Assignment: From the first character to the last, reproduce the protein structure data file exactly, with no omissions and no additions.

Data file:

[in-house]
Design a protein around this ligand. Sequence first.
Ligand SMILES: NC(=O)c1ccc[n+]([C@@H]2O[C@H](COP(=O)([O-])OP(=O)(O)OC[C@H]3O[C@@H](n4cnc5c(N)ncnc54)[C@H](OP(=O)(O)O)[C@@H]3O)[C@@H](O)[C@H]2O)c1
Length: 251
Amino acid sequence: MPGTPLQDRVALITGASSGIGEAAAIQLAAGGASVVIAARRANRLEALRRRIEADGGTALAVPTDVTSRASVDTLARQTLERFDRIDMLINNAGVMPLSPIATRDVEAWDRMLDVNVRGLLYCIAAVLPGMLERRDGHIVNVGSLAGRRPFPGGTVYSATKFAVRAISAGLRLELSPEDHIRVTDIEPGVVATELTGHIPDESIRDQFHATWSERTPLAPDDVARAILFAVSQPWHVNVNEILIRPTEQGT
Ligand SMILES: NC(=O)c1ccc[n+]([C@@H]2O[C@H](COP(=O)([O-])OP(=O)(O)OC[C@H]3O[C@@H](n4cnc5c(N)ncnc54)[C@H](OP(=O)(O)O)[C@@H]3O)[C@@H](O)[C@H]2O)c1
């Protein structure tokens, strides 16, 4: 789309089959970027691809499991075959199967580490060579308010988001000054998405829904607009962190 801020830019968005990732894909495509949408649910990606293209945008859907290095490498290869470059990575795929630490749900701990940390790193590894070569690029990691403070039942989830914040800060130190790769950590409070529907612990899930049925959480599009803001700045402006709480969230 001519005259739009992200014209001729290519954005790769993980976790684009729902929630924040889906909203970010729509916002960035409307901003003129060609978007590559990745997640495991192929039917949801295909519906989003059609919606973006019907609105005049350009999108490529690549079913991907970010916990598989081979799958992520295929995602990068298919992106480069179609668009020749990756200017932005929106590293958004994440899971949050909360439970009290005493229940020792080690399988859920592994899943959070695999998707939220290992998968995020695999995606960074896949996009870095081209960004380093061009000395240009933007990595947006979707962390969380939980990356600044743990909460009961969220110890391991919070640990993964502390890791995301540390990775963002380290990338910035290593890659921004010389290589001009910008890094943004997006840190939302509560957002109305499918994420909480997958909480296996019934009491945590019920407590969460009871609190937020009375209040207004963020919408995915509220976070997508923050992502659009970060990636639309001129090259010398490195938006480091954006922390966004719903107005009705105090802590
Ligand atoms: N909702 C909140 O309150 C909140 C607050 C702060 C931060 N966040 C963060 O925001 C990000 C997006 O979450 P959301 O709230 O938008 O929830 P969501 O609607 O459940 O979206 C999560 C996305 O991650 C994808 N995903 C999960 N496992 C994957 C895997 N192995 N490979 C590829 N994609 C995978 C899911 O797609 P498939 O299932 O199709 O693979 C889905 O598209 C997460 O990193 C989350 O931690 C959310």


[in-house]
Design a protein around this ligand. Sequence first.
Ligand SMILES: NC(=O)c1ccc[n+]([C@@H]2O[C@H](COP(=O)([O-])OP(=O)(O)OC[C@H]3O[C@@H](n4cnc5c(N)ncnc54)[C@H](OP(=O)(O)O)[C@@H]3O)[C@@H](O)[C@H]2O)c1
Length: 251
Amino acid sequence: MPGTPLQDRVALITGASSGIGEAAAIQLAAGGASVVIAARRANRLEALRRRIEADGGTALAVPTDVTSRASVDTLARQTLERFDRIDMLINNAGVMPLSPIATRDVEAWDRMLDVNVRGLLYCIAAVLPGMLERRDGHIVNVGSLAGRRPFPGGTVYSATKFAVRAISAGLRLELSPEDHIRVTDIEPGVVATELTGHIPDESIRDQFHATWSERTPLAPDDVARAILFAVSQPWHVNVNEILIRPTEQGT
Ligand SMILES: NC(=O)c1ccc[n+]([C@@H]2O[C@H](COP(=O)([O-])OP(=O)(O)OC[C@H]3O[C@@H](n4cnc5c(N)ncnc54)[C@H](OP(=O)(O)O)[C@@H]3O)[C@@H](O)[C@H]2O)c1
């Protein structure tokens, strides 16, 4: 789309089959970027691809499991075959199967580490060579308010988001000054998405829904607009962190 801020830019968005990732894909495509949408649910990606293209945008859907290095490498290869470059990575795929630490749900701990940390790193590894070569690029990691403070039942989830914040800060130190790769950590409070529907612990899930049925959480599009803001700045402006709480969230 001519005259739009992200014209001729290519954005790769993980976790684009729902929630924040889906909203970010729509916002960035409307901003003129060609978007590559990745997640495991192929039917949801295909519906989003059609919606973006019907609105005049350009999108490529690549079913991907970010916990598989081979799958992520295929995602990068298919992106480069179609668009020749990756200017932005929106590293958004994440899971949050909360439970009290005493229940020792080690399988859920592994899943959070695999998707939220290992998968995020695999995606960074896949996009870095081209960004380093061009000395240009933007990595947006979707962390969380939980990356600044743990909460009961969220110890391991919070640990993964502390890791995301540390990775963002380290990338910035290593890659921004010389290589001009910008890094943004997006840190939302509560957002109305499918994420909480997958909480296996019934009491945590019920407590969460009871609190937020009375209040207004963020919408995915509220976070997508923050992502659009970060990636639309001129090259010398490195938006480091954006922390966004719903107005009705105090802590
Ligand atoms: N909702 C909140 O309150 C909140 C607050 C702060 C931060 N966040 C963060 O925001 C990000 C997006 O979450 P959301 O709230 O938008 O929830 P969501 O609607 O459940 O979206 C999560 C996305 O991650 C994808 N995903 C999960 N496992 C994957 C895997 N192995 N490979 C590829 N994609 C995978 C899911 O797609 P498939 O299932 O199709 O693979 C889905 O598209 C997460 O990193 C989350 O931690 C959310």